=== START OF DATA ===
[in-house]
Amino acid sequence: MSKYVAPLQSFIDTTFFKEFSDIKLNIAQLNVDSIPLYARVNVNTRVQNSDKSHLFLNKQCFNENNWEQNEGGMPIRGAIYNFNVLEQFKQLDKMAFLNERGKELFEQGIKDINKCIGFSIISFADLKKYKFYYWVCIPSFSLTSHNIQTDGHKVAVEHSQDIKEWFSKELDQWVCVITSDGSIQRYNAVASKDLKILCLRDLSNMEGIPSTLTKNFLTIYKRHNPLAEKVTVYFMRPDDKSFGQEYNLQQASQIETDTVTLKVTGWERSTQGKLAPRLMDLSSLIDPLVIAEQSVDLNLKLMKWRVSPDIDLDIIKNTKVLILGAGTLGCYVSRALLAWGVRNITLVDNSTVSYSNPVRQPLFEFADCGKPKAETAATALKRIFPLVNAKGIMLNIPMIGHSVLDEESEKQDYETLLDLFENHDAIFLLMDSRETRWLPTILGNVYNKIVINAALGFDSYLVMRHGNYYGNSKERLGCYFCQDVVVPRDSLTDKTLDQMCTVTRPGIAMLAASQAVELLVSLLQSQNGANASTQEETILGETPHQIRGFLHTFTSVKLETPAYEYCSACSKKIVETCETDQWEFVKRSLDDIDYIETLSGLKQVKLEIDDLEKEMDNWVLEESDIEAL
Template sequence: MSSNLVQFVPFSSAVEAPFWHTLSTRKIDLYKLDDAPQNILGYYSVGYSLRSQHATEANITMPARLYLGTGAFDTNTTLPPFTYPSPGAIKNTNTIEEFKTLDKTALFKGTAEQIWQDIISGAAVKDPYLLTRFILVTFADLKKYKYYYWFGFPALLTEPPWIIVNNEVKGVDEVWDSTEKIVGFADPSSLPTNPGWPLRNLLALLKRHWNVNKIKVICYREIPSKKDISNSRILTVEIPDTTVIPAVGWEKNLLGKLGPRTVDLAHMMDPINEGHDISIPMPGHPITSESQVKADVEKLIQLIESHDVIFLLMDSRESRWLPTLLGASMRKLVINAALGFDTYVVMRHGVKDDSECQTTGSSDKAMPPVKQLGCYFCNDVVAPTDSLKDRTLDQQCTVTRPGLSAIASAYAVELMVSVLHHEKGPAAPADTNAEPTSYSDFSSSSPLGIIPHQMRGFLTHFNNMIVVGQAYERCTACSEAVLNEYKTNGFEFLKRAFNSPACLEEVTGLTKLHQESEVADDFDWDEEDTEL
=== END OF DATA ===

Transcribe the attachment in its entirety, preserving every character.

[in-house]
Amino acid sequence: MSKYVAPLQSFIDTTFFKEFSDIKLNIAQLNVDSIPLYARVNVNTRVQNSDKSHLFLNKQCFNENNWEQNEGGMPIRGAIYNFNVLEQFKQLDKMAFLNERGKELFEQGIKDINKCIGFSIISFADLKKYKFYYWVCIPSFSLTSHNIQTDGHKVAVEHSQDIKEWFSKELDQWVCVITSDGSIQRYNAVASKDLKILCLRDLSNMEGIPSTLTKNFLTIYKRHNPLAEKVTVYFMRPDDKSFGQEYNLQQASQIETDTVTLKVTGWERSTQGKLAPRLMDLSSLIDPLVIAEQSVDLNLKLMKWRVSPDIDLDIIKNTKVLILGAGTLGCYVSRALLAWGVRNITLVDNSTVSYSNPVRQPLFEFADCGKPKAETAATALKRIFPLVNAKGIMLNIPMIGHSVLDEESEKQDYETLLDLFENHDAIFLLMDSRETRWLPTILGNVYNKIVINAALGFDSYLVMRHGNYYGNSKERLGCYFCQDVVVPRDSLTDKTLDQMCTVTRPGIAMLAASQAVELLVSLLQSQNGANASTQEETILGETPHQIRGFLHTFTSVKLETPAYEYCSACSKKIVETCETDQWEFVKRSLDDIDYIETLSGLKQVKLEIDDLEKEMDNWVLEESDIEAL
Template sequence: MSSNLVQFVPFSSAVEAPFWHTLSTRKIDLYKLDDAPQNILGYYSVGYSLRSQHATEANITMPARLYLGTGAFDTNTTLPPFTYPSPGAIKNTNTIEEFKTLDKTALFKGTAEQIWQDIISGAAVKDPYLLTRFILVTFADLKKYKYYYWFGFPALLTEPPWIIVNNEVKGVDEVWDSTEKIVGFADPSSLPTNPGWPLRNLLALLKRHWNVNKIKVICYREIPSKKDISNSRILTVEIPDTTVIPAVGWEKNLLGKLGPRTVDLAHMMDPINEGHDISIPMPGHPITSESQVKADVEKLIQLIESHDVIFLLMDSRESRWLPTLLGASMRKLVINAALGFDTYVVMRHGVKDDSECQTTGSSDKAMPPVKQLGCYFCNDVVAPTDSLKDRTLDQQCTVTRPGLSAIASAYAVELMVSVLHHEKGPAAPADTNAEPTSYSDFSSSSPLGIIPHQMRGFLTHFNNMIVVGQAYERCTACSEAVLNEYKTNGFEFLKRAFNSPACLEEVTGLTKLHQESEVADDFDWDEEDTEL